Dental implants

What are they?

Implants are one way of replacing missing teeth.

Unlike other forms of replacement teeth, dental implants are small metal (mostly titanium) devices not unlike a screw fitting which are inserted into the jaw during surgery. Teeth, in the form of a crown or bridge are often then attached to the implant, or the implant can be used to support dentures.

What are the benefits?

Some people have real difficulties with removable dentures. Implants can overcome these difficulties, in particular for eating and speaking properly and they may improve appearance. If a denture is necessary, implants can greatly improve stability. People will not be able to see that your teeth are supported by implants. Implants can be used in place of bridges, for example when adjacent teeth are intact or may not be strong enough to support a bridge.

Are implants for me?

Your dentist should discuss with you whether implants would be right for you, and explain any associated risks.

Patients need to have healthy gums, and enough jawbone to take the implant that supports the replacement teeth although techniques are available to add (graft) additional bone if needed. Patients must also be prepared to maintain very good oral hygiene and visit the dentist regularly. Implants, like teeth, may be lost if mouth hygiene is poor.

Implant patients need to be in good general health. Some chronic diseases, such as diabetes, osteoporosis, or chronic sinus problems, could interfere with healing and make implants more likely to fail.

Make sure that you tell your dentist about any medicines that you take regularly, and about your smoking habits. Smoking may well shorten the life of your implant.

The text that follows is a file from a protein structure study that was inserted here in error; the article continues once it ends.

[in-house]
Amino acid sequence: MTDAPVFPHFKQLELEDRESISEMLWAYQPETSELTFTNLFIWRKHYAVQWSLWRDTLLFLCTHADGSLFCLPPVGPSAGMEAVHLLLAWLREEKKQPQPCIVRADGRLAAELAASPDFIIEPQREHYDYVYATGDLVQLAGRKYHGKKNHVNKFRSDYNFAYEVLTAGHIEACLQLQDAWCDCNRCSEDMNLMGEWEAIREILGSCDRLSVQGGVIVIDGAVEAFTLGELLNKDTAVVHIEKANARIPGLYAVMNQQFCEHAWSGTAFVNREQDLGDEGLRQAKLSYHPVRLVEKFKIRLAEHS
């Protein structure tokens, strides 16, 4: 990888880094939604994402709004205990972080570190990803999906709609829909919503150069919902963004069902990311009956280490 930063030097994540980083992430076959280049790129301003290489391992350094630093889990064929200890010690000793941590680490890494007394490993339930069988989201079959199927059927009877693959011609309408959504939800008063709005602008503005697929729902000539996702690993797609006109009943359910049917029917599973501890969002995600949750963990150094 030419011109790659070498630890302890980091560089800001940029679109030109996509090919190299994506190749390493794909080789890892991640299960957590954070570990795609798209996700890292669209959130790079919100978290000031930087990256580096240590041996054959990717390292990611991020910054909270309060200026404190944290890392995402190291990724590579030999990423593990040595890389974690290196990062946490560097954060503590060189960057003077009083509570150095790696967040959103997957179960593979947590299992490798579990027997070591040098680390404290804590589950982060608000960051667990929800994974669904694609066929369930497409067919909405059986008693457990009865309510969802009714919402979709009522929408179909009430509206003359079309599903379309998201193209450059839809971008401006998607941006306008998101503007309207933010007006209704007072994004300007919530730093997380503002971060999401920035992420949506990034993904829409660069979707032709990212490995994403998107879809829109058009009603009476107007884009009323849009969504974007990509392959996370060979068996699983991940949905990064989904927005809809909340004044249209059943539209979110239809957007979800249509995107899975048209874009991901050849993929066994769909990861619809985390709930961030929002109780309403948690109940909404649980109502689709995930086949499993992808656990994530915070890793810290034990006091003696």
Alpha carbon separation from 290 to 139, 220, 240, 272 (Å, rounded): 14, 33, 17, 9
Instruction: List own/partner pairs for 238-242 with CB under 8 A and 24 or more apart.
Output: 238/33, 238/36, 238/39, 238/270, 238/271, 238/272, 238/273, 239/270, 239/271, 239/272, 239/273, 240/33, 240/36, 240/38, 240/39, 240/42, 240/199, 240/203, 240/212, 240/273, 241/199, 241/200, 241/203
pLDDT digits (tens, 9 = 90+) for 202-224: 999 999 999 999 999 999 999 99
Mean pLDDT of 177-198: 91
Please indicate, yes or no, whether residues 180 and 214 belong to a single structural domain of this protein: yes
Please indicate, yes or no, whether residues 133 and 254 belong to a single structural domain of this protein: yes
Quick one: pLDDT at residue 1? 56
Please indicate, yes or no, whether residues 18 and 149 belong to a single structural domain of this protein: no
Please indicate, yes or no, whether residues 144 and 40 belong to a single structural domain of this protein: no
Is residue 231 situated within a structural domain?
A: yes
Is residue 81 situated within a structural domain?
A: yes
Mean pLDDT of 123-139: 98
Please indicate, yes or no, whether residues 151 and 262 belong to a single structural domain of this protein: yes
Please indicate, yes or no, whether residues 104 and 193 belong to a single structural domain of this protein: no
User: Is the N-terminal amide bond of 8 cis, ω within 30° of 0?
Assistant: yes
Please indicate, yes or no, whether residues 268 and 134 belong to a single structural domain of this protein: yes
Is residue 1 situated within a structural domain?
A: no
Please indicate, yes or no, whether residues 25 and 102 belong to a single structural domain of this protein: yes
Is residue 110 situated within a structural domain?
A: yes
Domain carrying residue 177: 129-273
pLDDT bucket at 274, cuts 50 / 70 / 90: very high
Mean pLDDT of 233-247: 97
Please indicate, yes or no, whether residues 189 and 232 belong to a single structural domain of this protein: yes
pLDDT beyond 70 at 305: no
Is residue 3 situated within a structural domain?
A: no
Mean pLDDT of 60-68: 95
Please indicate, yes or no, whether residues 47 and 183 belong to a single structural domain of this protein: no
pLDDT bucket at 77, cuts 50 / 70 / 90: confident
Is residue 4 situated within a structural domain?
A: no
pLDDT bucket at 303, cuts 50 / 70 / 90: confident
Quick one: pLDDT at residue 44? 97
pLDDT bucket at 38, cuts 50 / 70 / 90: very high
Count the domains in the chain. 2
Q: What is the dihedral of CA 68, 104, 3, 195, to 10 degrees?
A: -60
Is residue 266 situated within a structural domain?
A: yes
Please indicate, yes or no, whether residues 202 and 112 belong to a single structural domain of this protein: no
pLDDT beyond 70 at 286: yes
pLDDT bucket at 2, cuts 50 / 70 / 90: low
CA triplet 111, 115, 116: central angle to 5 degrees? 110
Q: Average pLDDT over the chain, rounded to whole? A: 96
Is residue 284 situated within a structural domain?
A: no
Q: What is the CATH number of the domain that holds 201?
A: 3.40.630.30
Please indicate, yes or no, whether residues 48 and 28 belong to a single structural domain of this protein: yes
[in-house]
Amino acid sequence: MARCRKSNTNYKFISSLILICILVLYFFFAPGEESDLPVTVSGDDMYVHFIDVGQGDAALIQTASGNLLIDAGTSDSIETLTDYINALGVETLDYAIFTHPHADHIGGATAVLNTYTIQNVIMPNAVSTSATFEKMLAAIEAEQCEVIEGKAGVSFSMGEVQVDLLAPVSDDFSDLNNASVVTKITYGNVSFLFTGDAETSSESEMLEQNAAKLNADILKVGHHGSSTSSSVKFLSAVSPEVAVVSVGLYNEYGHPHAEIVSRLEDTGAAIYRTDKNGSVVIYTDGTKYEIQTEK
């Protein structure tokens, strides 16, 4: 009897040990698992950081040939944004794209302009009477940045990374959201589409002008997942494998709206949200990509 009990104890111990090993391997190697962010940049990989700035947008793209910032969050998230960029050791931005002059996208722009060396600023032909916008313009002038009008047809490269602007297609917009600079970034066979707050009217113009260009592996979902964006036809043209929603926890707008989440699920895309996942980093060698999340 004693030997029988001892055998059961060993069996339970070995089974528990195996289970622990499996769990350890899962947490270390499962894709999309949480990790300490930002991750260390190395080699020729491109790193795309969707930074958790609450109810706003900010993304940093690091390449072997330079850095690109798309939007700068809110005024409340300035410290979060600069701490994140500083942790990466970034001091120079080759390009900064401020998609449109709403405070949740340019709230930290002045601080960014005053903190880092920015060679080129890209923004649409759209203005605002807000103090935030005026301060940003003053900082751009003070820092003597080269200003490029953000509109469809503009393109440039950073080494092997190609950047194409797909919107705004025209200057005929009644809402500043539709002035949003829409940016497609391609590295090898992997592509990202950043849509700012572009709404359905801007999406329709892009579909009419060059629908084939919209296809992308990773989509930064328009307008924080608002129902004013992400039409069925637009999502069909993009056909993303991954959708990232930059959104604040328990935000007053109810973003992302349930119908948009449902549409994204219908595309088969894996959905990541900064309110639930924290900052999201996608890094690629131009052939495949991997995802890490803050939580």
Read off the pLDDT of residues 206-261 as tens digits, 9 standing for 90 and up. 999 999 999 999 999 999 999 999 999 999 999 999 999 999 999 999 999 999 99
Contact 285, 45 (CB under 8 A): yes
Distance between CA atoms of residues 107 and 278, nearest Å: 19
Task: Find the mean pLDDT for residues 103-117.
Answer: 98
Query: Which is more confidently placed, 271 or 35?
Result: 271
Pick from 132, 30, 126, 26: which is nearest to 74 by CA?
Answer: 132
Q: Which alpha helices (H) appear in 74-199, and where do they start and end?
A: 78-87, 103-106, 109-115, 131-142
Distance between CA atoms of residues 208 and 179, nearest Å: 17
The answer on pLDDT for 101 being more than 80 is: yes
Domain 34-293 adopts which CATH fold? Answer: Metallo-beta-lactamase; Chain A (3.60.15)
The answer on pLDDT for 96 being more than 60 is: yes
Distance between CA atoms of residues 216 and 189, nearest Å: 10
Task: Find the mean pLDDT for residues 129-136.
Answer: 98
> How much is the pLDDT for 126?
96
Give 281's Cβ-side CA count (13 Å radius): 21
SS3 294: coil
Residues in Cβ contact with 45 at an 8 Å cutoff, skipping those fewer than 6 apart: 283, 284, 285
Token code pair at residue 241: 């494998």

Implants involve treatment over a period of several months. Since they are a complicated form of treatment, implants can be expensive.

What will my dentist do?

Your dentist should tell you about the stages of treatment, who would be carrying out each stage and the timetable for completing treatment. You might be referred to a specialist.

This is what will happen:

  • Bone is exposed in the jaw where the tooth is missing. Then a hole is drilled and the implant is inserted into the bone. This is usually done under a local anaesthetic, but sometimes sedation or a general anaesthetic is necessary. The gum is then stitched over the implant and it’s left to heal for several weeks. This allows bone to grow around the implant and to make it secure.
  • A second procedure is then planned, in which replacement teeth are mounted into the implant. This requires a small cut in the gum above the implant. Once the soft tissues have healed, the replacement teeth may be fixed permanently or attached in a way that lets you remove them for cleaning. The replacement teeth may be single or in a group, and possibly as a ‘bridge’, attached to neighbouring natural teeth.
  • There may be circumstances in which an implant can be placed during the same visit when the tooth is removed.
  • More and more implants are being ‘loaded’ after placement rather than covered by the gum to heal. Please discuss this with your dentist.
  • Maintaining good oral hygiene is important to prevent dental decay and gum disease, which may affect crowned teeth.

Speak to your local Clear Dental Practice to learn more.